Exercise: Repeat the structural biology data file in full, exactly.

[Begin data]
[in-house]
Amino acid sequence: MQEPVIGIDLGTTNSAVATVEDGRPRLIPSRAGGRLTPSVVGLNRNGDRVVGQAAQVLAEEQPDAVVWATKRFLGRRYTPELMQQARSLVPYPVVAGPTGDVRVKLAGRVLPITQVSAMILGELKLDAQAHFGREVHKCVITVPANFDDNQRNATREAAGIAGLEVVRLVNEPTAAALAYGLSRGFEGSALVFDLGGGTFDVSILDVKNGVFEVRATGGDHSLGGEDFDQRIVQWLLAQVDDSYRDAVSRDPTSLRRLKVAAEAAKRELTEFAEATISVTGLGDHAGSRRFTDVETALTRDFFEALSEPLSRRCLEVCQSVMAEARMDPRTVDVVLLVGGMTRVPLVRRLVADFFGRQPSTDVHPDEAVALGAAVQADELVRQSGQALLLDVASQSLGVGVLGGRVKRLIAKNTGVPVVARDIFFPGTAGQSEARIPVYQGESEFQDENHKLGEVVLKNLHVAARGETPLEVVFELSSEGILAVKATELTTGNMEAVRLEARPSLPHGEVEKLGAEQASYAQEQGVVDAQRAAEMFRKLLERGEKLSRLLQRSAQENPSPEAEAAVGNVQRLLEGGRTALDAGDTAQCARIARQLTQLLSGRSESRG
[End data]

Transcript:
[in-house]
Amino acid sequence: MQEPVIGIDLGTTNSAVATVEDGRPRLIPSRAGGRLTPSVVGLNRNGDRVVGQAAQVLAEEQPDAVVWATKRFLGRRYTPELMQQARSLVPYPVVAGPTGDVRVKLAGRVLPITQVSAMILGELKLDAQAHFGREVHKCVITVPANFDDNQRNATREAAGIAGLEVVRLVNEPTAAALAYGLSRGFEGSALVFDLGGGTFDVSILDVKNGVFEVRATGGDHSLGGEDFDQRIVQWLLAQVDDSYRDAVSRDPTSLRRLKVAAEAAKRELTEFAEATISVTGLGDHAGSRRFTDVETALTRDFFEALSEPLSRRCLEVCQSVMAEARMDPRTVDVVLLVGGMTRVPLVRRLVADFFGRQPSTDVHPDEAVALGAAVQADELVRQSGQALLLDVASQSLGVGVLGGRVKRLIAKNTGVPVVARDIFFPGTAGQSEARIPVYQGESEFQDENHKLGEVVLKNLHVAARGETPLEVVFELSSEGILAVKATELTTGNMEAVRLEARPSLPHGEVEKLGAEQASYAQEQGVVDAQRAAEMFRKLLERGEKLSRLLQRSAQENPSPEAEAAVGNVQRLLEGGRTALDAGDTAQCARIARQLTQLLSGRSESRG